Ah… the thrill of an auction! Some auctions are held on a regular basis inside an auction house, while other auctions are held onsite at the property whose items are being auctioned off – either inside or outside. Make sure you register upon arriving at the auction and preview as many item/lots as possible so you know what you want to bid on. Set a budget and then get ready to bid! Auctions often have “boxed lots” of items. You may only want one or two things from that box, but when you bid on it, the entire contents is yours. Because of this, you might often end up with more items than you want or need, but anything you don’t want can be donated to a thrift store (see number #3 above) for someone else to appreciate.
* TIP: I wrote an article on “12 Tips for Shopping an Auction” that will help you get started.

#7 Facebook Marketplace

Many people know about Facebook Sales Groups, but less people know about the fairly new Facebook Marketplace. Facebook Marketplace is a great source for finding vintage items near you. To use the Marketplace, you must use Facebook on your phone, as it is only available on Facebook mobile. To get started, click the Marketplace icon at the bottom center of the Facebook screen. From there you can Sell, Browse Categories, Search for items, or view Your Items you’ve listed for sale. One thing I do is perform a general search for “vintage”. Just type the word “vintage” into the search box and tap Search. You can specify the distance by tapping on your location and then drag the map to choose the location to search, and how far from that location to search. Once you save that location, each time you access the Facebook Marketplace, it will remember your selection. Scroll through the random assortment of items with the keyword “vintage” and you never know what you will find! You can also use the Categories menu to refine what you are looking for. When you find something interesting, tap on it to see the description and additional photos. You will also be able to see who is selling the item and where they are from. You can Message Seller through that page, or Make an Offer. It is then up to you and the seller to make arrangements to meet to complete the sale. I recommend you meet in a busy public place, such as a store or gas station parking lot. Bring the exact amount of cash needed to complete your purchase.  What could be easier?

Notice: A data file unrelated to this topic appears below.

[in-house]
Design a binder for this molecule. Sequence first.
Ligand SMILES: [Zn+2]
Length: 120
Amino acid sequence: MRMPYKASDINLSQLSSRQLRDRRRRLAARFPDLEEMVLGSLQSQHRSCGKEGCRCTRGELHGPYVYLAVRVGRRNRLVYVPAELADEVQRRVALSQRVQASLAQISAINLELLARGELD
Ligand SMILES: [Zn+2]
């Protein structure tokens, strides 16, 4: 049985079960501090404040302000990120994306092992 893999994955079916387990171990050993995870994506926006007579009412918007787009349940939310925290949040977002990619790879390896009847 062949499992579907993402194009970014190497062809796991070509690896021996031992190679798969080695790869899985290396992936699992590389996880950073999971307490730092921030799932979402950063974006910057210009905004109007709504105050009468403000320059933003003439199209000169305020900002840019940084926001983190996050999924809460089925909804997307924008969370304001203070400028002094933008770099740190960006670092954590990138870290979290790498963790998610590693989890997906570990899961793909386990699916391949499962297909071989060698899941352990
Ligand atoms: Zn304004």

* TIP: Some of the items you will find using the Facebook Marketplace are free! I recommend you check the marketplace on a weekly basis to see what is available in your area.

#8 Craigslist

Craigslist is a popular place to buy and sell pretty much anything, and it’s a fantastic source for finding vintage items. If you haven’t used Craigslist before, click on the link then choose your location (or the location nearest you). Once you choose your location, you will see a menu of all the various categories on Craigslist. If you are just browsing to see what is available, you could click on “Antiques” under the “For Sale” category. From there, you will see a photo list of items available, along with their prices, title description, and location. If you spot something you are interested in, click on it to read more about it and to see additional photos, if they are available. If you find something you would like to purchase, click the “REPLY” button to contact the seller. You will then need to make arrangements with the seller to meet somewhere to complete the purchase. As I mentioned in the tip for the Facebook Marketplace above, make sure to meet in a busy public place and bring the exact amount of cash to complete your purchase. There are many categories on Craigslist, so spend some time looking through them. You can also do a search for the exact item you are looking for by using the SEARCH box.